BugFest Beauties

Bugs are not going to inherit the earth. They own it now. So we might as well make peace with the landlord.

~Thomas Eisner

If it is September, it must be time for BugFest, the premier annual special event of the North Carolina Museum of Natural Sciences. In years past, it has ranked as the largest festival of its kind in the nation, a huge event about all things invertebrate, covering a couple of blocks of downtown Raleigh plus the entire museum facility. Last years’ event was totally online due to Covid, and this year had both an online and an in-person component. We participated in the Pollination Celebration last Saturday held at the museum’s field station in Raleigh, the Prairie Ridge Ecostation. The plan was to have it all outdoors with proper safety protocols, and to expect a much reduced turnout of visitors. Once again, I helped with the Caterpillarology booth, which I started oh-so-many years ago and is now run by Melissa and her staff. We figured we probably wouldn’t need as many caterpillars this year with fewer visitors and less table space, so we didn’t start collecting in earnest until a few days before. It turns out it has been a slow year for larvae and we were having trouble finding much in our early searches. Luckily, we all put in some extra hours the two days (and one productive night hunt with a UV flashlight) before the event and wrangled an adequate supply to engage a few hundred visitors that perused our luxurious larvae. Below are some of the highlights (we collected several more that pupated before their photo was taken)…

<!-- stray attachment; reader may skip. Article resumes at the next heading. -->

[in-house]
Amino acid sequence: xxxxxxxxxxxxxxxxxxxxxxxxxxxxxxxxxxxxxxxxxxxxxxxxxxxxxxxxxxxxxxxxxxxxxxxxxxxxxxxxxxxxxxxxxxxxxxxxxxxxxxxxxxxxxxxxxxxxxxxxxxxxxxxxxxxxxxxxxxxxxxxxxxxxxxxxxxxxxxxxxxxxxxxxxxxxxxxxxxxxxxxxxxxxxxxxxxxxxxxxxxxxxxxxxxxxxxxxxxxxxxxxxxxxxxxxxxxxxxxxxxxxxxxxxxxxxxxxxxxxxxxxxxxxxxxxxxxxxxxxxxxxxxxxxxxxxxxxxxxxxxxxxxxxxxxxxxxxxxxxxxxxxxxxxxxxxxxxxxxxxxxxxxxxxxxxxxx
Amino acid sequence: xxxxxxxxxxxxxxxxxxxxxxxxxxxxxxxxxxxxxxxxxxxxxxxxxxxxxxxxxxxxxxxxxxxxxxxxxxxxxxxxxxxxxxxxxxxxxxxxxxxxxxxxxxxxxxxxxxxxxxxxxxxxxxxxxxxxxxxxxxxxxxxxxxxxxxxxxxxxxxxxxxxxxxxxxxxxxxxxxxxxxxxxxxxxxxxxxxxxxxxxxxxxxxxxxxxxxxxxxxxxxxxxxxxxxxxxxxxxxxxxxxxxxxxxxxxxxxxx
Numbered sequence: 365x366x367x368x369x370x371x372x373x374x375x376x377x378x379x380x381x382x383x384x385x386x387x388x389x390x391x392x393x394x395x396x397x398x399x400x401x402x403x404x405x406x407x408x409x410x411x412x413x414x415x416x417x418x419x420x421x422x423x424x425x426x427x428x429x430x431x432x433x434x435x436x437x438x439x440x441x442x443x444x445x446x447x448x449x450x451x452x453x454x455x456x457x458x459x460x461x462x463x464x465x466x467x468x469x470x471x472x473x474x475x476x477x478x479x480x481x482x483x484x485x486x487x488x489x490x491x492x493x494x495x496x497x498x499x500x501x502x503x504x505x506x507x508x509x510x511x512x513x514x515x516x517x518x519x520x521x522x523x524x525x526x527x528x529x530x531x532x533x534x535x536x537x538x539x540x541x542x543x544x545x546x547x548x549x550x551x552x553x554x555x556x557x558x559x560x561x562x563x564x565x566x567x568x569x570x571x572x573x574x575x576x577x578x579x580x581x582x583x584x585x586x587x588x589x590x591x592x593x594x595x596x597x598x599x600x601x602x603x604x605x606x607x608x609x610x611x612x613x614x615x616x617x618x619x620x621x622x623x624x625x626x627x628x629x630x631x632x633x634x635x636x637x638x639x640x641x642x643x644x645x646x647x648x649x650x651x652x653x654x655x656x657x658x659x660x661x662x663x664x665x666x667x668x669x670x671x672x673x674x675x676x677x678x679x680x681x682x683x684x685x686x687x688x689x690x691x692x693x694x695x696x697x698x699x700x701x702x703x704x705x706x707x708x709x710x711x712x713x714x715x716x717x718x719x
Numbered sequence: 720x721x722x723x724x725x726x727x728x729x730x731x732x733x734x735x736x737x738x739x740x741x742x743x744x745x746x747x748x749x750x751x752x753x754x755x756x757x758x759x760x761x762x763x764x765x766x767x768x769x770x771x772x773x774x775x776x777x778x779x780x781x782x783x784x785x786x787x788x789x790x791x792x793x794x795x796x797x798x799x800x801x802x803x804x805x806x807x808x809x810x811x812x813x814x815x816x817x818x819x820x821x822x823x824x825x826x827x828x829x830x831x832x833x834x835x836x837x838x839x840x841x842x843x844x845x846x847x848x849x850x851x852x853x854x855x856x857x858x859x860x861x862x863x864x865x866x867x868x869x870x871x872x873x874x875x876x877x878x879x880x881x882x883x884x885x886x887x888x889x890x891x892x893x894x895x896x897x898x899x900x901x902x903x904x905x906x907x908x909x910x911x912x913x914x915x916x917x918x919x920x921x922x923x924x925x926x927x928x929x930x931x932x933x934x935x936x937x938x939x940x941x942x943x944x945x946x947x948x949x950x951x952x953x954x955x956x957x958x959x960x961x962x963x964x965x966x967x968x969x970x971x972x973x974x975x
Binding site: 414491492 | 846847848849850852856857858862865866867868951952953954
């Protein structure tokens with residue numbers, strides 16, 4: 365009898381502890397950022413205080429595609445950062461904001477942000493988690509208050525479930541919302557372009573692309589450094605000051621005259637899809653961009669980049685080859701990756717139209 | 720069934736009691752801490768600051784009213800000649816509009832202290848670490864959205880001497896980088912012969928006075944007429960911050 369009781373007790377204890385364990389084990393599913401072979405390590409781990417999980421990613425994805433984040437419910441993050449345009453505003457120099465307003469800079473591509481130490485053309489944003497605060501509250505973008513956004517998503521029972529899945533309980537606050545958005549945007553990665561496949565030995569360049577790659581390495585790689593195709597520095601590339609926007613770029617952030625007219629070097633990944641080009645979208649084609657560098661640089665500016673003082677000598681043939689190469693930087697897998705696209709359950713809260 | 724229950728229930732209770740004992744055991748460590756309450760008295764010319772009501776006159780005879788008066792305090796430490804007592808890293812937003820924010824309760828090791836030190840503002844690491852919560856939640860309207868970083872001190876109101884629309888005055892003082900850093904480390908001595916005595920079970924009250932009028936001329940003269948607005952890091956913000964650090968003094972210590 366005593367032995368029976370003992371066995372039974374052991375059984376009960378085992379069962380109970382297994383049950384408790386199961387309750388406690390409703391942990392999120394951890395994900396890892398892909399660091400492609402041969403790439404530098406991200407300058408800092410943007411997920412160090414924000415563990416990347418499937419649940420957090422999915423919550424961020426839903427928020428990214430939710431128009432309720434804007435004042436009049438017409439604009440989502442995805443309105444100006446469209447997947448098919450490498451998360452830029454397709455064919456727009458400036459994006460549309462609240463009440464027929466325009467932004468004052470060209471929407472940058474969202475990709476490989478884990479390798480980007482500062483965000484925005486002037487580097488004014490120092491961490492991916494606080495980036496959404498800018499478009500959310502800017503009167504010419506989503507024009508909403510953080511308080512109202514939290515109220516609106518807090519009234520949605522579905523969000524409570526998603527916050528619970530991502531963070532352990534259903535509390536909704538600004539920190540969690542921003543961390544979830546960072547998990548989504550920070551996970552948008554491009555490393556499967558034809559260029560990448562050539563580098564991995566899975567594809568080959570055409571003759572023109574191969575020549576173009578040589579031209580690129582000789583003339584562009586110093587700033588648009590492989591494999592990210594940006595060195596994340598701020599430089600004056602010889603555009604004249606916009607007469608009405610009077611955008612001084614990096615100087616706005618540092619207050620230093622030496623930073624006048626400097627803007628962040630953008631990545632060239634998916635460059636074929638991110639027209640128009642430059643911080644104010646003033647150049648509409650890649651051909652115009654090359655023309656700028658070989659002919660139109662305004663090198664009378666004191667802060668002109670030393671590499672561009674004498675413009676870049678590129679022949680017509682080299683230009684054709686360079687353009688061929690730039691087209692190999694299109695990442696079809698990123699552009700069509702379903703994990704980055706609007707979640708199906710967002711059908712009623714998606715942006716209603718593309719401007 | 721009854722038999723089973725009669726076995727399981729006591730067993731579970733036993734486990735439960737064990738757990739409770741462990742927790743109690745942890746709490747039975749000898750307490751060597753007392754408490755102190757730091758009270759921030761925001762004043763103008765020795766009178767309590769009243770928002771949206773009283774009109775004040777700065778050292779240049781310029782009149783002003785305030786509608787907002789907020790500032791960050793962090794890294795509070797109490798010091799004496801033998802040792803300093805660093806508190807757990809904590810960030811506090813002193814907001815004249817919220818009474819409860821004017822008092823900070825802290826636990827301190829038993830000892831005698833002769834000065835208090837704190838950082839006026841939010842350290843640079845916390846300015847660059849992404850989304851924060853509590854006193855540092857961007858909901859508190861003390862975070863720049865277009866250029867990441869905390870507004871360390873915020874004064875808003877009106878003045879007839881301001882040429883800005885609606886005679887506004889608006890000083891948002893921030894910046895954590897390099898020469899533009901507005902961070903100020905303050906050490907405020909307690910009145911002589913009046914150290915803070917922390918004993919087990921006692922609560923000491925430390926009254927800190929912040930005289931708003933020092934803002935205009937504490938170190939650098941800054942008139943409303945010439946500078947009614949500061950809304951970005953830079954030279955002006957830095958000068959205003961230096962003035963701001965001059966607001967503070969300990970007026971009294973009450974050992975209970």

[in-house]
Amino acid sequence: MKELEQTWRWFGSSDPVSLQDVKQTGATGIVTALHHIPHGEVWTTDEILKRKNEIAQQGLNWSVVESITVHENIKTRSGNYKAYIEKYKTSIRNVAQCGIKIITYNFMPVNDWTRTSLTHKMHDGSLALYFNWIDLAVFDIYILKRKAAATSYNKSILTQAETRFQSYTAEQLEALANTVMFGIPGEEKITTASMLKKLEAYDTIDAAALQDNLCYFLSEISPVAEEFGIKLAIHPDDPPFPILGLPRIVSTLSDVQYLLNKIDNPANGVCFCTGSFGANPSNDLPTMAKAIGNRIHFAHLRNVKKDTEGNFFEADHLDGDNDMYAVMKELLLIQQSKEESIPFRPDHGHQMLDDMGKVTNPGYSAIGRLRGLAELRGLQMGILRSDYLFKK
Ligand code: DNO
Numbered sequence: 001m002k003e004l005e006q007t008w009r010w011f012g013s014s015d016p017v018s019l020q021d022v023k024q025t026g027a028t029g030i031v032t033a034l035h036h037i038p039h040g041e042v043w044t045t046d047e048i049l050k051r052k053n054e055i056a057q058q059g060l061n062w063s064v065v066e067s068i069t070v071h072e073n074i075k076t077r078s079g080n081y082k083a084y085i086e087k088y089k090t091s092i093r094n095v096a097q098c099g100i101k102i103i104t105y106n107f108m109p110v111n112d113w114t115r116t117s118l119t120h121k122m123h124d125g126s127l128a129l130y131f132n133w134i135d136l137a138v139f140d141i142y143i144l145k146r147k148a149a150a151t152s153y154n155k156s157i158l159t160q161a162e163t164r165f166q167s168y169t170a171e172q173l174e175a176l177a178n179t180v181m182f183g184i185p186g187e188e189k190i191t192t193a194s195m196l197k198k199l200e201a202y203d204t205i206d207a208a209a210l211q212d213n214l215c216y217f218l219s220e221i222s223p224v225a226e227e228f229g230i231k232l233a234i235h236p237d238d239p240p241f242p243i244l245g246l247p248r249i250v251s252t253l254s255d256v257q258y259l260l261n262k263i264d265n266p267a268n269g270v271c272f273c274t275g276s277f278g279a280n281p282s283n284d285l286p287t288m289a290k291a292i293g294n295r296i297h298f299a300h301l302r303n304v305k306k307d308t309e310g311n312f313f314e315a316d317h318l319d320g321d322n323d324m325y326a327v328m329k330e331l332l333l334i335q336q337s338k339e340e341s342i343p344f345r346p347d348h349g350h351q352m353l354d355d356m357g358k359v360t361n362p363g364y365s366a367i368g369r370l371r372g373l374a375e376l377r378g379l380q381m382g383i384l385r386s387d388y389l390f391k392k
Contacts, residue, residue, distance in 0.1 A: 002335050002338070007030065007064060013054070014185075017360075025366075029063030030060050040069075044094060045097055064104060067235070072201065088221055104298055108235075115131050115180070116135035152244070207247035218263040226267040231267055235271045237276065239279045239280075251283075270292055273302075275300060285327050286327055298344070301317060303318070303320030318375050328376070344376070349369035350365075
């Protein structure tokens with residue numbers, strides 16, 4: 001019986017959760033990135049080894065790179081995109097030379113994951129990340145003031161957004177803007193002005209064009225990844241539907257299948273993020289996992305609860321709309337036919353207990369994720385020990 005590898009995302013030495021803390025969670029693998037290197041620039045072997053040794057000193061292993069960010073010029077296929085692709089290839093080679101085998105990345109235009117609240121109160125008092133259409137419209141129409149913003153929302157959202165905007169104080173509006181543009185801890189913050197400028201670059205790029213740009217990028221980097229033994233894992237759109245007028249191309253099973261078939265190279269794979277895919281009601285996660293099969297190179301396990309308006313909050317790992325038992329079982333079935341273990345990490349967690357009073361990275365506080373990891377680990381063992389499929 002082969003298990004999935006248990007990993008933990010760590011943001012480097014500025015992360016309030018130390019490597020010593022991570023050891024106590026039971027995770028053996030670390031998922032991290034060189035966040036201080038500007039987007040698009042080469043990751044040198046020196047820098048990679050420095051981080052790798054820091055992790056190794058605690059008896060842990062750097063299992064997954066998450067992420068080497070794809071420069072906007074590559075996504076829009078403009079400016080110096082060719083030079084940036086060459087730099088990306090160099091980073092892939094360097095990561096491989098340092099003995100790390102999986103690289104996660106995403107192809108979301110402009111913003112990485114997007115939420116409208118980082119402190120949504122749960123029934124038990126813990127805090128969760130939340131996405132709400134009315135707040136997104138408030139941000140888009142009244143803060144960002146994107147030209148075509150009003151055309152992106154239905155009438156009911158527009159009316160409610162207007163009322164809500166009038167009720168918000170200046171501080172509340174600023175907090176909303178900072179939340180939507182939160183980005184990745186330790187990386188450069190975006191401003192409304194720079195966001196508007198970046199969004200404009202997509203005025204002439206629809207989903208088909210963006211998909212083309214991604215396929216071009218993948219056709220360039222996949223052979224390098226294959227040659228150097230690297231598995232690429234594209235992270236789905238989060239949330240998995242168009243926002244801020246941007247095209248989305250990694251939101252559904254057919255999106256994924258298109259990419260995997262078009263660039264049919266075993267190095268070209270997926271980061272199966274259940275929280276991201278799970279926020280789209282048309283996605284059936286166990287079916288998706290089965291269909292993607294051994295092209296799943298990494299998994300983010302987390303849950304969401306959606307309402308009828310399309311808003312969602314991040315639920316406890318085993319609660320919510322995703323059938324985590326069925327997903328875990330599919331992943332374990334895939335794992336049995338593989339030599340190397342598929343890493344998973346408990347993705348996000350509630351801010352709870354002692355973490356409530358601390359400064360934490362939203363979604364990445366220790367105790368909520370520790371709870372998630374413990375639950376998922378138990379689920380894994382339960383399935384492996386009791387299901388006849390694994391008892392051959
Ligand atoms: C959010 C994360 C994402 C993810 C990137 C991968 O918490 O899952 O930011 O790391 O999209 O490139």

Our neighbor loaned us some of the many Monarch caterpillars that have found his milkweed garden in the woods (click photos to enlarge)
Always a favorite at the booth, an early instar Spicebush Swallowtail, showing off its bird poop and snake mimic characteristics
A last instar Spicebush Swallowtail is all decked out to fool would-be predators that it is actually a snake (gotta love those big fake eyes)
A Pipevine Swallowtail caterpillar with orange and black warning colors advertising its bad taste
A Hummingbird Clearwing Moth larva on Viburnum
Another sphinx moth caterpillar (so-called hornworms due to the tail spike), this Walnut Sphinx larva is the only species of caterpillar I know of that produces a sound. When disturbed, it thrashes violently and hisses by expelling air out its spiracles. I love the texture of this species.
An elegant Hog Sphinx feeding on wild grape
The subtle blue colors on this Waved Sphinx are beautiful.
Although sparse for other types of larvae, it was a good year for sphinx moth caterpillars. They can be tricky to identify, but we think this is a Rustic Sphinx. Unfortunately, this one was parasitized and succumbed right after the event.
A Great Ash Sphinx on ash.
The camouflage of the leaf edge group of feeders, like this Wavy-lined Heterocampa, is quite impressive.